In what could be an exercise in futility, two top Democrats on the House Appropriations Committee sent a letter to their GOP counterparts Friday to schedule consideration of the fiscal 2014 Labor-HHS-Education spending bill.
Appropriations ranking member Nita M. Lowey, D-N.Y., and subcommittee ranking member Rosa DeLauro, D-Conn., sent the letter to House Appropriations Chairman Harold Rogers, R-Ky., and subcommittee Chairman Jack Kingston, R-Ga.
In response, Jennifer Hing, spokeswoman for the Republican majority, said: "The Committee has not yet scheduled the mark up of the LHHS bill. Committee mark ups are scheduled three days in advance."
The post-sequester budget levels used by the House in drafting the fiscal 2014 spending bills are at a lower level than the Senate bills, with the House proposing spending levels for security and defense that still exceed the budget caps.
As such, the Labor-HHS-Education measure would absorb many cuts that Democrats may want a venue to highlight.
The House and Senate are expected to move forward with a stopgap spending package in the coming weeks. The letter appears below:
Dear Chairman Rogers and Chairman Kingston:
We write to request that you immediately schedule a markup of the FY 2014 Labor, Health and Human Services, and Education Appropriations bill. The Labor-HHS-Education bill is the only FY14 bill that has not been marked up in subcommittee this year. It is also the only bill that has not been marked up in full committee since 2009. The Senate Appropriations Committee reported out a bill nearly two months ago. Another year should not go by without regular order in the House for the Labor-HHS-Education Appropriations bill.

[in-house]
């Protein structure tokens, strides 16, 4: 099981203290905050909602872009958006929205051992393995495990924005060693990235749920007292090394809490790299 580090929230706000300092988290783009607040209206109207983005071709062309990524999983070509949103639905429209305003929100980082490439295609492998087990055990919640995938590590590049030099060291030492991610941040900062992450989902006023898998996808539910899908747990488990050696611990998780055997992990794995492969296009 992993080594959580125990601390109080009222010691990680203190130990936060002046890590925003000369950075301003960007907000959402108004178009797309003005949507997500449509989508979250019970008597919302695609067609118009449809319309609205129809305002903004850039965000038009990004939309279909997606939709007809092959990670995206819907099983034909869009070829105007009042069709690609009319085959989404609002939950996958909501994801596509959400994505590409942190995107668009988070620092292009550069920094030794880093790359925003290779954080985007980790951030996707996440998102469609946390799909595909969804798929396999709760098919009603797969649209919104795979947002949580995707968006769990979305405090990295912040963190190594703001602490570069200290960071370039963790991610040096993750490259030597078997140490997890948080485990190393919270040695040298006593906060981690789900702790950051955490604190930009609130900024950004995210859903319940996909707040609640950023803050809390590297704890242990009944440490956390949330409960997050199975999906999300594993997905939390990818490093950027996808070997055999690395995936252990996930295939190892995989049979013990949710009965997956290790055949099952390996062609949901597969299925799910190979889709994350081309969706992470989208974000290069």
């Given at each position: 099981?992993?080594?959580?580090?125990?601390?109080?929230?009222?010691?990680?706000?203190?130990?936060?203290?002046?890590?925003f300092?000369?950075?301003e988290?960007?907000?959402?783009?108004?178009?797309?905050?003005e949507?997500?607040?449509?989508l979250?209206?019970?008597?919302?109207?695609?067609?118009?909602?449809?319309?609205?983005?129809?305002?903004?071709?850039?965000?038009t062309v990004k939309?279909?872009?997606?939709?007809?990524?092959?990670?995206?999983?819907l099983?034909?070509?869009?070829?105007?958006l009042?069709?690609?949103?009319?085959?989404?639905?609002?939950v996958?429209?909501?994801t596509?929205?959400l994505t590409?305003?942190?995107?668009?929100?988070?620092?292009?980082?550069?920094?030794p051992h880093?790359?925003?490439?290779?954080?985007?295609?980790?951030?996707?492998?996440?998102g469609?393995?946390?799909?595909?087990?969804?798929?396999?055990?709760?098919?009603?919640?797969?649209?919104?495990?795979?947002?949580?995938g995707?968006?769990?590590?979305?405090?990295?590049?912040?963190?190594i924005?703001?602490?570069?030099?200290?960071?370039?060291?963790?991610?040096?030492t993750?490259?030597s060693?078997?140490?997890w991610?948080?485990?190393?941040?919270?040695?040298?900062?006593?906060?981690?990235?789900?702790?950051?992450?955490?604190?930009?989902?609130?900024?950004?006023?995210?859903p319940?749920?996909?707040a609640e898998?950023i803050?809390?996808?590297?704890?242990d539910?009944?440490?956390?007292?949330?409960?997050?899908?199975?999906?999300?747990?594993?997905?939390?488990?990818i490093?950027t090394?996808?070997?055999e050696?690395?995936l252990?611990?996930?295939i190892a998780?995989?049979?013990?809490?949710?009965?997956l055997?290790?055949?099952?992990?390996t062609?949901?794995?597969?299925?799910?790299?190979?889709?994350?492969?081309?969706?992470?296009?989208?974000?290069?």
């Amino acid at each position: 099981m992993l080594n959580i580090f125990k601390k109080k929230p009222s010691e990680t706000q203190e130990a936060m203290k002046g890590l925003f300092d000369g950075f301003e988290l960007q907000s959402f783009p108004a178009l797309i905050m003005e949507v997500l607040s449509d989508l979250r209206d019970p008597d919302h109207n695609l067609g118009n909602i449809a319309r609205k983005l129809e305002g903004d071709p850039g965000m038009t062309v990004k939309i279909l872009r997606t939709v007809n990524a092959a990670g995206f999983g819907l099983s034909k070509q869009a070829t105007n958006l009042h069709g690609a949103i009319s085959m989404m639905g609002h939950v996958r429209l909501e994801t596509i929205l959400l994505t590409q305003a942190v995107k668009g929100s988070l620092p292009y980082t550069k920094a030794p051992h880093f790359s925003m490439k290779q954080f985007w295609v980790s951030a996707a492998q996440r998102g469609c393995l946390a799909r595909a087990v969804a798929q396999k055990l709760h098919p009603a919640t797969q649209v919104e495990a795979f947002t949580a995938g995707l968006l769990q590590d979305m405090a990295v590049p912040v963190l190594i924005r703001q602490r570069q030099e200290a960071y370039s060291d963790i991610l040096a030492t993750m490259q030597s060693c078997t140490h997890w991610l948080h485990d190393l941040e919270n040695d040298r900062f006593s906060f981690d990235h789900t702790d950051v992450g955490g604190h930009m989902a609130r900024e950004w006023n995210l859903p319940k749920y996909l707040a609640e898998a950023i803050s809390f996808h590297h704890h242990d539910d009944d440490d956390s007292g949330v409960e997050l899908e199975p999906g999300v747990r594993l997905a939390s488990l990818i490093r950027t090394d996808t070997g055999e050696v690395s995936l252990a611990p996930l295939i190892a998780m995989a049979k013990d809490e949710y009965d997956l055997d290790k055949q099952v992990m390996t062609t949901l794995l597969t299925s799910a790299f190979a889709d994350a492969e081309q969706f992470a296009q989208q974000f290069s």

As you know, the Labor-HHS-Education Appropriations bill funds critical programs that protect the public health and safety, promote and develop our workforce, and support the education of our children. These programs are too important to be left behind and Members of the committee from both sides of the aisle deserve an opportunity to publically consider their proper level of funding.
At one time the Labor-HHS-Education Appropriations bill was known by both Republicans and Democrats as “The People’s Bill” given its vital components, including: medical research for diseases like cancer, autism, and Alzheimer’s, support for our schools to educate students with special needs or children living in poverty, job training and career education to train our workforce to succeed in today’s economy, support for our senior citizens through Meals on Wheels, public health infrastructure to detect and combat infectious diseases and fight chronic illnesses, Social Security Administration services and so much more.
On numerous occasions, you pledged to move every bill through the Appropriations Committee, yet the consideration of the Labor-HHS-Education Appropriations bill was indefinitely postponed in July. The programs funded through this bill are too important to be ignored. When the House returns from recess next week, we request that you immediately schedule a subcommittee and full committee markup of the Labor-HHS-Education Appropriations bill.